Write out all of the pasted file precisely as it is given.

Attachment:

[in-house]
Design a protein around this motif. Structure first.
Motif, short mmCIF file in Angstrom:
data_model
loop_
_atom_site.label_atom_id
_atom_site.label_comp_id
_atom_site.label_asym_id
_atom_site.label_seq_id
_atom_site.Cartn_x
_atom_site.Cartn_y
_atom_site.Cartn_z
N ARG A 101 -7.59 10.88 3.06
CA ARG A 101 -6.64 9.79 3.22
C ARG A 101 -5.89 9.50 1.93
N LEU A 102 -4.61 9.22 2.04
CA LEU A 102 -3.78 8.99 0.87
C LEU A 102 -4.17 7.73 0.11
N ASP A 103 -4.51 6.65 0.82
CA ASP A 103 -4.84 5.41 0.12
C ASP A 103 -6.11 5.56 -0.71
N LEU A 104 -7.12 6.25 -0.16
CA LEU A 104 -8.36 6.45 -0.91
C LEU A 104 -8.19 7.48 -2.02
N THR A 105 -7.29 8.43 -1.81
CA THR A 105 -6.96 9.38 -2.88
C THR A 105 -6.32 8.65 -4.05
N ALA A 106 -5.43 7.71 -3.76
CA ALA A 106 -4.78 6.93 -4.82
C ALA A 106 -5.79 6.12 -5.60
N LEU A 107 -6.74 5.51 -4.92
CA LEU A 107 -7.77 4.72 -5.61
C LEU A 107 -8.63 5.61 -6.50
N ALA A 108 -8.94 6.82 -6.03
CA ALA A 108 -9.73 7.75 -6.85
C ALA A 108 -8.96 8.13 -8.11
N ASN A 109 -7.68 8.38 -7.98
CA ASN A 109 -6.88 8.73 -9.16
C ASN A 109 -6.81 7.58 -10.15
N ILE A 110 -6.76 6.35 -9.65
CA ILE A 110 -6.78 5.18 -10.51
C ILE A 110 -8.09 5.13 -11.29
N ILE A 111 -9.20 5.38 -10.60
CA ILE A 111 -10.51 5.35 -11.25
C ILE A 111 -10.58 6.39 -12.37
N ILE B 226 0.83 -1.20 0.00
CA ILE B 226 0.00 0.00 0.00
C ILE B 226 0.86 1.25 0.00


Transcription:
[in-house]
Design a protein around this motif. Structure first.
Motif, short mmCIF file in Angstrom:
data_model
loop_
_atom_site.label_atom_id
_atom_site.label_comp_id
_atom_site.label_asym_id
_atom_site.label_seq_id
_atom_site.Cartn_x
_atom_site.Cartn_y
_atom_site.Cartn_z
N ARG A 101 -7.59 10.88 3.06
CA ARG A 101 -6.64 9.79 3.22
C ARG A 101 -5.89 9.50 1.93
N LEU A 102 -4.61 9.22 2.04
CA LEU A 102 -3.78 8.99 0.87
C LEU A 102 -4.17 7.73 0.11
N ASP A 103 -4.51 6.65 0.82
CA ASP A 103 -4.84 5.41 0.12
C ASP A 103 -6.11 5.56 -0.71
N LEU A 104 -7.12 6.25 -0.16
CA LEU A 104 -8.36 6.45 -0.91
C LEU A 104 -8.19 7.48 -2.02
N THR A 105 -7.29 8.43 -1.81
CA THR A 105 -6.96 9.38 -2.88
C THR A 105 -6.32 8.65 -4.05
N ALA A 106 -5.43 7.71 -3.76
CA ALA A 106 -4.78 6.93 -4.82
C ALA A 106 -5.79 6.12 -5.60
N LEU A 107 -6.74 5.51 -4.92
CA LEU A 107 -7.77 4.72 -5.61
C LEU A 107 -8.63 5.61 -6.50
N ALA A 108 -8.94 6.82 -6.03
CA ALA A 108 -9.73 7.75 -6.85
C ALA A 108 -8.96 8.13 -8.11
N ASN A 109 -7.68 8.38 -7.98
CA ASN A 109 -6.88 8.73 -9.16
C ASN A 109 -6.81 7.58 -10.15
N ILE A 110 -6.76 6.35 -9.65
CA ILE A 110 -6.78 5.18 -10.51
C ILE A 110 -8.09 5.13 -11.29
N ILE A 111 -9.20 5.38 -10.60
CA ILE A 111 -10.51 5.35 -11.25
C ILE A 111 -10.58 6.39 -12.37
N ILE B 226 0.83 -1.20 0.00
CA ILE B 226 0.00 0.00 0.00
C ILE B 226 0.86 1.25 0.00